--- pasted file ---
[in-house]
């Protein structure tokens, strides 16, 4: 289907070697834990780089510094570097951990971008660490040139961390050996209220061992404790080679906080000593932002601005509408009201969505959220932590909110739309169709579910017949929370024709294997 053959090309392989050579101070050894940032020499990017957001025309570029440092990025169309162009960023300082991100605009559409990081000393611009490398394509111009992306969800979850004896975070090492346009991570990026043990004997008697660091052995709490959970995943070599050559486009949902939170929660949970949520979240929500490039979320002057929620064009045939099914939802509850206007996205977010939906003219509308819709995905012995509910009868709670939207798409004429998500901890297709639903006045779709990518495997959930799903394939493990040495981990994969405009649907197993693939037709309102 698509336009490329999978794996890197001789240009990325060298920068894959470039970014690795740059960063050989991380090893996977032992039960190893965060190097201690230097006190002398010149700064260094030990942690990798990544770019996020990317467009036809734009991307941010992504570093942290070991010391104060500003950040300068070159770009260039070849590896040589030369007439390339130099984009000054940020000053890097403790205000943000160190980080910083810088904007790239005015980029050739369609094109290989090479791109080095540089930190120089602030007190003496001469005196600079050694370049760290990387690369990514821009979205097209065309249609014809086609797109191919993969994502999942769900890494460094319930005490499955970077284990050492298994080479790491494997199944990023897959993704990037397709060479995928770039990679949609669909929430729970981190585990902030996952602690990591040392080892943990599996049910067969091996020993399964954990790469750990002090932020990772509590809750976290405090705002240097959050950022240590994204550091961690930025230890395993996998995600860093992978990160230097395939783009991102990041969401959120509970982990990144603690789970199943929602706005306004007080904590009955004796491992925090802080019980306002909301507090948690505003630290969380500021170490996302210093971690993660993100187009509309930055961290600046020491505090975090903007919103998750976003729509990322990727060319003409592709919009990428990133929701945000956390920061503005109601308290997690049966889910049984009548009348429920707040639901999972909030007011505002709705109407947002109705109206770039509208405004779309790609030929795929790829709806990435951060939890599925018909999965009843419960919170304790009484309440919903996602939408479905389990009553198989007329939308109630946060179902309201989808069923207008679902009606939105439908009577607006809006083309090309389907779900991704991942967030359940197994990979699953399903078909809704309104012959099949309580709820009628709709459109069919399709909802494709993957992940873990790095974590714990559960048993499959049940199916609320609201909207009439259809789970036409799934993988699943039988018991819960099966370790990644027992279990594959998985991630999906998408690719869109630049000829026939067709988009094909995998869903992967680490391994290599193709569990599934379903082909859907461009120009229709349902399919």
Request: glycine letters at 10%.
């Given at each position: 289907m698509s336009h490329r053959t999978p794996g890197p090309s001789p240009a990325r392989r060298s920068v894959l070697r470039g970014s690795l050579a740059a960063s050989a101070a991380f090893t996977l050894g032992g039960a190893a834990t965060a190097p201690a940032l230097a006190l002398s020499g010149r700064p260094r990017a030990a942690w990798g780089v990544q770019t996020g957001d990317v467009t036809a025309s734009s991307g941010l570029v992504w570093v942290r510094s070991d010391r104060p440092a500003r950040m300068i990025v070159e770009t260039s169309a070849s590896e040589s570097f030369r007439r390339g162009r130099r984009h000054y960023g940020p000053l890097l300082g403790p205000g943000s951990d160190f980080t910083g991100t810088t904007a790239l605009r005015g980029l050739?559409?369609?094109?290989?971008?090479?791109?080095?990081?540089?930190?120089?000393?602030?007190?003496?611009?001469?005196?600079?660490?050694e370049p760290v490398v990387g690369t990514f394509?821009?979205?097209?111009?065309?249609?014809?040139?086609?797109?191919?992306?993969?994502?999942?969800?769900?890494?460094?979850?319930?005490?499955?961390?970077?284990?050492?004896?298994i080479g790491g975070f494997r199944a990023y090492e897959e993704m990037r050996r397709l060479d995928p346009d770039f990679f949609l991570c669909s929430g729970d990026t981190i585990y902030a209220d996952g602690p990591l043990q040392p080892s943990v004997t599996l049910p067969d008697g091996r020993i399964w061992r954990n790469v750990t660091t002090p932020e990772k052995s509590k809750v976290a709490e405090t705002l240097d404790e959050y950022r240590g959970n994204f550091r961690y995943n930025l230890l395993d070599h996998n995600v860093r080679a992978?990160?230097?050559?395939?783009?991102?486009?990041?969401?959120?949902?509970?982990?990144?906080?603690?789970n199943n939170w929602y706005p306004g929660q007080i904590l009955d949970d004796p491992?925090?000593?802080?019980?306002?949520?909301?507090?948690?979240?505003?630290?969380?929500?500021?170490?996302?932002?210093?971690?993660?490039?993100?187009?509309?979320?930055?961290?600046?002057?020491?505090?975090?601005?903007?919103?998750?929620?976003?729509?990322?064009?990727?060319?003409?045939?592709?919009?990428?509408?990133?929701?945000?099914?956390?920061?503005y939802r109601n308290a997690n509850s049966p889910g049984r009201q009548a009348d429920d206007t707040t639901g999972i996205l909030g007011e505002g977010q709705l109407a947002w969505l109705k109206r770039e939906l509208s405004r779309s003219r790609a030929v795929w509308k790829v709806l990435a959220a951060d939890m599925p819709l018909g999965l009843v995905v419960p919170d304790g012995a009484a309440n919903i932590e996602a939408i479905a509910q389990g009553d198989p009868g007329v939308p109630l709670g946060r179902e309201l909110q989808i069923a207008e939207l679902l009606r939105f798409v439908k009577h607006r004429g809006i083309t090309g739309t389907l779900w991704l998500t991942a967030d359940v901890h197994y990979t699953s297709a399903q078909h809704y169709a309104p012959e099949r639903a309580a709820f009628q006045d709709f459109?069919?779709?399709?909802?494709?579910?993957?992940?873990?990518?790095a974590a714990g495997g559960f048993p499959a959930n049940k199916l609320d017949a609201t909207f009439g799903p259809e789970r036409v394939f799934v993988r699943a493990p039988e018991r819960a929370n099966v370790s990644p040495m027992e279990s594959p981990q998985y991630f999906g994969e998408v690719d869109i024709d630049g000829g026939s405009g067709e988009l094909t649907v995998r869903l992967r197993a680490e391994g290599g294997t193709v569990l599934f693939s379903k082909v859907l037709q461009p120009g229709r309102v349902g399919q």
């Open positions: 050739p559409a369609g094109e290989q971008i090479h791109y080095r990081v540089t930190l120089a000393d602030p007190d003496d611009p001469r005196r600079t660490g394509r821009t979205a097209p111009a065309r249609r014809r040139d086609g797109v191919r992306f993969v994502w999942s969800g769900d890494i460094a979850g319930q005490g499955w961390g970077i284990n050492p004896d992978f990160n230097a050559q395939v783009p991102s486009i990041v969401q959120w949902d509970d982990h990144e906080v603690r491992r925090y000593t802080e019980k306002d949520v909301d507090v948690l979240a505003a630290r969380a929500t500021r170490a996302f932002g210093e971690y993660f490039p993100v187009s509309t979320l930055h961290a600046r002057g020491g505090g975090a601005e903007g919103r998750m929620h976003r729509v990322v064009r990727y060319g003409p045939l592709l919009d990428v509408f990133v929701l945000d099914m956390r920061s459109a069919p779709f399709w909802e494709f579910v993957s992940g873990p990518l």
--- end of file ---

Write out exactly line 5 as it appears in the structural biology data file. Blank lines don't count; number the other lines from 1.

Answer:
């Open positions: 050739p559409a369609g094109e290989q971008i090479h791109y080095r990081v540089t930190l120089a000393d602030p007190d003496d611009p001469r005196r600079t660490g394509r821009t979205a097209p111009a065309r249609r014809r040139d086609g797109v191919r992306f993969v994502w999942s969800g769900d890494i460094a979850g319930q005490g499955w961390g970077i284990n050492p004896d992978f990160n230097a050559q395939v783009p991102s486009i990041v969401q959120w949902d509970d982990h990144e906080v603690r491992r925090y000593t802080e019980k306002d949520v909301d507090v948690l979240a505003a630290r969380a929500t500021r170490a996302f932002g210093e971690y993660f490039p993100v187009s509309t979320l930055h961290a600046r002057g020491g505090g975090a601005e903007g919103r998750m929620h976003r729509v990322v064009r990727y060319g003409p045939l592709l919009d990428v509408f990133v929701l945000d099914m956390r920061s459109a069919p779709f399709w909802e494709f579910v993957s992940g873990p990518l």